As the United States undertakes efforts to upgrade its ageing infrastructure, the cable-stayed methods fast becoming the preferred design option for new bridge construction.
The cable-stayed method involves the use of cables suspended from one or more pylons to support the bridge deck. The design has a lengthy history, with the earliest examples dating back to 16th century Italy.
The pylons themselves serve as the chief load-bearing structures, transmitting the bridge loads to the ground. The cables directly connect the pylon to the bridge deck, with no need for firm anchorage.
Cable-stayed designs are considered by many modern engineers to be the optimal design for bridges of moderate dimensions, those with measurements between the lengths suited to the shorter cantilever bridge or the larger suspension bridge.
The cable-stayed method best suits bridges whose longest road deck measures between 150 and 915 metres in length. Suspension designs are preferable for much longer bridges, as when the main span is greater than 915 metres physics requires that the towers of cable-stayed bridges rise to twice the height of suspension bridges.
Within the appropriate span range, the cable-stayed method permits the use of thinner decks than cantilever bridges, which become far heavier as their spans increase in length, while making use of fewer cables than the more complex suspension bridge.
This makes the cable-stayed design a far more economical option for many bridges due to their reduced material requirements and shorter construction time.
The design has thus become a popular choice for the development of new bridge, with Andrew Hermann, former president of the American Society of Civil Engineers, calling the cable-stayed design the current “go-to type” in the US.
The method is also being applied to bridges of greater dimensions via the deployment of multiple spans, as exemplified by the use of a cable-stayed design to replace New York’s Tappan Zee Bridge across the second-widest point of the Hudson River.
The original cantilevered bridge, which was built in the early 1950s, has already long gone past its original 50-year service life, and incurs maintenance costs of as much as US$50 million a year.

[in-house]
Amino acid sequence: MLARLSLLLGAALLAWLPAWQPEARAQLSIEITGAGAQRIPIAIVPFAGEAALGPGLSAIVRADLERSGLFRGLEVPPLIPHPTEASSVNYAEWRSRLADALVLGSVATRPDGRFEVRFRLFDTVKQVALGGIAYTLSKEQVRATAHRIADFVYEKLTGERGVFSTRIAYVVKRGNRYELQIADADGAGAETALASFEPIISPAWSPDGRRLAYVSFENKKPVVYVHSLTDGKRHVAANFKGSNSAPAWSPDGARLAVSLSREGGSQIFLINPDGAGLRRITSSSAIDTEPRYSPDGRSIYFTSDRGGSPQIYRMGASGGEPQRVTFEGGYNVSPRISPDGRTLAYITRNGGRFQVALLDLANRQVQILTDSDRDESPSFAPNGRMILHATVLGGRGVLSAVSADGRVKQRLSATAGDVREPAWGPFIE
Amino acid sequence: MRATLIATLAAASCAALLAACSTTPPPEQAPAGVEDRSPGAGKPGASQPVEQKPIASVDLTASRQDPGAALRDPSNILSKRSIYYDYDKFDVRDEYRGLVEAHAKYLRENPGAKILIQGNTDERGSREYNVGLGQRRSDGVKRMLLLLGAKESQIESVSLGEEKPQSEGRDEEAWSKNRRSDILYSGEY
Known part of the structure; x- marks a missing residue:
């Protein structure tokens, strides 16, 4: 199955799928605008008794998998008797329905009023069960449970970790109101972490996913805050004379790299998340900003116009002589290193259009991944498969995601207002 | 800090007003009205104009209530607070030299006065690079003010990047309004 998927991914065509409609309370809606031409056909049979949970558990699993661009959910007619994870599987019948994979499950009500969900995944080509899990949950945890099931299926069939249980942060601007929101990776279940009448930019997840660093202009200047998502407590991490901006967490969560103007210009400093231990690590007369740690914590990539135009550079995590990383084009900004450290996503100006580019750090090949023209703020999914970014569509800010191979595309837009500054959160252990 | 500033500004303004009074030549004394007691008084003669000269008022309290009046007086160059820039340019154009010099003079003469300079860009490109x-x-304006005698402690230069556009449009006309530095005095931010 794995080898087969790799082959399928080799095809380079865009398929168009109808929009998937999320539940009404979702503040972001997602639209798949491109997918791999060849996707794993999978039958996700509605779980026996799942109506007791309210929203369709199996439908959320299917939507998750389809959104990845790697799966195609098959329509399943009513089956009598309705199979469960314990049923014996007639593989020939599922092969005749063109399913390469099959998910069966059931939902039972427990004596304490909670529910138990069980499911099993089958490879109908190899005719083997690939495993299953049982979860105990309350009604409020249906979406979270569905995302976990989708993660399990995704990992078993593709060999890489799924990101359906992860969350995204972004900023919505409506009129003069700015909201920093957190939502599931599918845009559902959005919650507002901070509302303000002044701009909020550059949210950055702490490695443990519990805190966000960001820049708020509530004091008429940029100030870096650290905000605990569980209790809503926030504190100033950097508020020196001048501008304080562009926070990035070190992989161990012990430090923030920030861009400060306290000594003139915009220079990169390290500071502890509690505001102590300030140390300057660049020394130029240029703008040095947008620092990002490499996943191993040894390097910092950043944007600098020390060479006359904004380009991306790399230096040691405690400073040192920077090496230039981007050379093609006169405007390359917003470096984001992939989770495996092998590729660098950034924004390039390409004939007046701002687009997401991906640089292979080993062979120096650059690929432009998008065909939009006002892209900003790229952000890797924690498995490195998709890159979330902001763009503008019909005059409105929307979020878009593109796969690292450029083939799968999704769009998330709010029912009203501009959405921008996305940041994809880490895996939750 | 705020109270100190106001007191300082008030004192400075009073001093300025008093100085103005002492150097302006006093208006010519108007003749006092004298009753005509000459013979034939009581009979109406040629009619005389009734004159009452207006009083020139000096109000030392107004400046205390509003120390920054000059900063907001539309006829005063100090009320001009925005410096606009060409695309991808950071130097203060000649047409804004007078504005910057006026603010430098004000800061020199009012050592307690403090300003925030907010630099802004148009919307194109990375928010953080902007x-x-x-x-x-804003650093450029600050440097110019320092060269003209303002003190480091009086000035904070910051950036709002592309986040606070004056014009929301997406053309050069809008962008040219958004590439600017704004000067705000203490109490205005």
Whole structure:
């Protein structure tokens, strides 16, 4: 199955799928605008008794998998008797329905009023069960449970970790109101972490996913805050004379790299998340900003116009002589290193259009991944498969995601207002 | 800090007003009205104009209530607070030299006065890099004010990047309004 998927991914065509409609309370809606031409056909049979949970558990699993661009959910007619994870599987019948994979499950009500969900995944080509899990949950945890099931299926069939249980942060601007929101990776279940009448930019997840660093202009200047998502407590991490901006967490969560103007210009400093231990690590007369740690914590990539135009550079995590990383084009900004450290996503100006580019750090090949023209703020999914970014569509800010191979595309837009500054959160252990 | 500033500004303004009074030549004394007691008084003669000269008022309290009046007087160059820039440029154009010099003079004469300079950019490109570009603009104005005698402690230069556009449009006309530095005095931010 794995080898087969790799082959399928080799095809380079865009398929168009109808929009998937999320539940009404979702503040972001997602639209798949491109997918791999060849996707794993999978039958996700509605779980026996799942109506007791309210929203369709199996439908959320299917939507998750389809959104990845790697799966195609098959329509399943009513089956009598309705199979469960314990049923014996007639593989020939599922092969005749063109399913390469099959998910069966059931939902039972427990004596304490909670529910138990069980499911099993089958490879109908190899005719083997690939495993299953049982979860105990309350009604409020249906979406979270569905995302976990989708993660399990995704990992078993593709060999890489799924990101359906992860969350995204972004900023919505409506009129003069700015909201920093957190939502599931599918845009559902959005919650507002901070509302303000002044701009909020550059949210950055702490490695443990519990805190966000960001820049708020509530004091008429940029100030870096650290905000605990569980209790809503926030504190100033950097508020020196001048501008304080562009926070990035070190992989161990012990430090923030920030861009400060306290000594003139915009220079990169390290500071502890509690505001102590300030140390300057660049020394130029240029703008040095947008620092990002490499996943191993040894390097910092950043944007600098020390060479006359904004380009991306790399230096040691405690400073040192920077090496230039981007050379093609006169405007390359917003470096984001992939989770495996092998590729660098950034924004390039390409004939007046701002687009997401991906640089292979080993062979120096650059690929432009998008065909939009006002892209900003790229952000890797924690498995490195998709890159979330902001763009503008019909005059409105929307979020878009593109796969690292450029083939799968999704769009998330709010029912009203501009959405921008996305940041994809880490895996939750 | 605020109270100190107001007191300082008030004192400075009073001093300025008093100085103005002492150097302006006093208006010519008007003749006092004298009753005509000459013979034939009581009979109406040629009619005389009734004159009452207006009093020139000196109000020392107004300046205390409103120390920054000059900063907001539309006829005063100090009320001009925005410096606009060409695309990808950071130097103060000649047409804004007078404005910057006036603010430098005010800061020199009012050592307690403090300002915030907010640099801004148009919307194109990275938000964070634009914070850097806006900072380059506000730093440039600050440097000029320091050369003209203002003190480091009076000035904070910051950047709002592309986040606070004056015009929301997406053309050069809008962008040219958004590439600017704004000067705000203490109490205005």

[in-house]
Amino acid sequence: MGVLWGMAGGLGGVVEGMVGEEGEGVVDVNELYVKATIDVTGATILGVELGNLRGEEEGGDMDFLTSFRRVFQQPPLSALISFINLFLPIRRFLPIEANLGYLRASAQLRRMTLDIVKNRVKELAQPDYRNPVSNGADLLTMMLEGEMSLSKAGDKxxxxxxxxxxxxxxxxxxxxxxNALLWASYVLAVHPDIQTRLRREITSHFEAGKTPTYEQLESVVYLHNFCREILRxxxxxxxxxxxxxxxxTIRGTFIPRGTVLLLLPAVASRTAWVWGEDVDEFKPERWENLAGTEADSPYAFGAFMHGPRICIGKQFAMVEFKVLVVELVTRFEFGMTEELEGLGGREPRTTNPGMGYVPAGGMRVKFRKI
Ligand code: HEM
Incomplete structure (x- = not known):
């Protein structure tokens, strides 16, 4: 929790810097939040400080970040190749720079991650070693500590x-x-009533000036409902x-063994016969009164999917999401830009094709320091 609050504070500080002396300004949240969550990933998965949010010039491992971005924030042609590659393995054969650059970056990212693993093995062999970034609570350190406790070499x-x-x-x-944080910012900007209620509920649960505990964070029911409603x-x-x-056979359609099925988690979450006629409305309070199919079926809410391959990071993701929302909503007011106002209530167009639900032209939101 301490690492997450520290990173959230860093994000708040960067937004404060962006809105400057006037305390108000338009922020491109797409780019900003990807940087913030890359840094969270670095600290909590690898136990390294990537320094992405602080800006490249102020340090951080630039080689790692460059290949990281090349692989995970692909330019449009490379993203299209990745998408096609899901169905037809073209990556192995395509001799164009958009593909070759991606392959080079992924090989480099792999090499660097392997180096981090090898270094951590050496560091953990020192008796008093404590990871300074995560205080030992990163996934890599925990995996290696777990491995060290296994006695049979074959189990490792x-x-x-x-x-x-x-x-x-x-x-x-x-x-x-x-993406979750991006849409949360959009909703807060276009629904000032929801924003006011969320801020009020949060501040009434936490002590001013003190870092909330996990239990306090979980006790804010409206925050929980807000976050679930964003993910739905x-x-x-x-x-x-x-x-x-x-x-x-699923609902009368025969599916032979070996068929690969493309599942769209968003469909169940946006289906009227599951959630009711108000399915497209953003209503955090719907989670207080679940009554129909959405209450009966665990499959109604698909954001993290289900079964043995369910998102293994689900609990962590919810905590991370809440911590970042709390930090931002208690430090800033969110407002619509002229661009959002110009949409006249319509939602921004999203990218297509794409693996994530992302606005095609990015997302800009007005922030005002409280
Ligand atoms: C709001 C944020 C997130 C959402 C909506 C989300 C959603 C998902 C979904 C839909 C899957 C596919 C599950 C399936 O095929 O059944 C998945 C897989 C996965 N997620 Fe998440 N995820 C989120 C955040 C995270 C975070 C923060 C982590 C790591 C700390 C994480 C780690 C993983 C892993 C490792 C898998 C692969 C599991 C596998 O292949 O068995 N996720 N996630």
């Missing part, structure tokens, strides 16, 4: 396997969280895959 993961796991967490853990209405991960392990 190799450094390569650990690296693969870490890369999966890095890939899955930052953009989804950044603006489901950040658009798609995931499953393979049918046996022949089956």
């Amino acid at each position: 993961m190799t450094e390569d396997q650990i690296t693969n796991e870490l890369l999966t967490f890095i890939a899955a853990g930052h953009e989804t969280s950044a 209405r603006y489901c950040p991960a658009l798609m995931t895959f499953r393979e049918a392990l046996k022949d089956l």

The replacement for the Tappan Zee is the New NY Bridge – a cable-stayed dual span twin bridge that is currently being built on the northern side of its predecessor.
The new bridge will extend five kilometres across the Hudson River, with the longest stretch of roadway slated for installation measuring 365 metres in length. According to David Capbianco, a NY Bridge project manager, this length puts it well within “the sweet spot” of what is permitted by cable-stay designs.
The bridge is expected to cost between $5 to 6 billion, and will feature a total of eight lanes as well as a shared-use bicycle and pedestrian path upon its expected completion date of 2017.
Cable-stayed bridges are not without their shortcomings. Cable corrosion and vibrations can be major issues for this type of bridge design, and both of these problems will be especially acute for the New NY Bridge as it is situated in a high wind area above the lower Hudson’s briny waters.
The New NY Bridge is nonetheless expected to enjoy an operating life of as long as a century – more than twice that of its deteriorating predecessor. Engineers hope to overcome the problems traditionally associated with cable-stayed designs via the installation of wireless sensors, which will enable them to collect and analyse data on the corrosion of cables and monitor vibration levels.
Australia is no stranger to the cable-stayed bridge, with prominent examples including Sydney’s iconic ANZAC Bridge – Australia’s longest cable-stayed bridge with a main span measuring 345 metres in length; the Eleanor Schonell Bridge in Brisbane and the West Gate Bridge that crosses the Yarra River in Melbourne.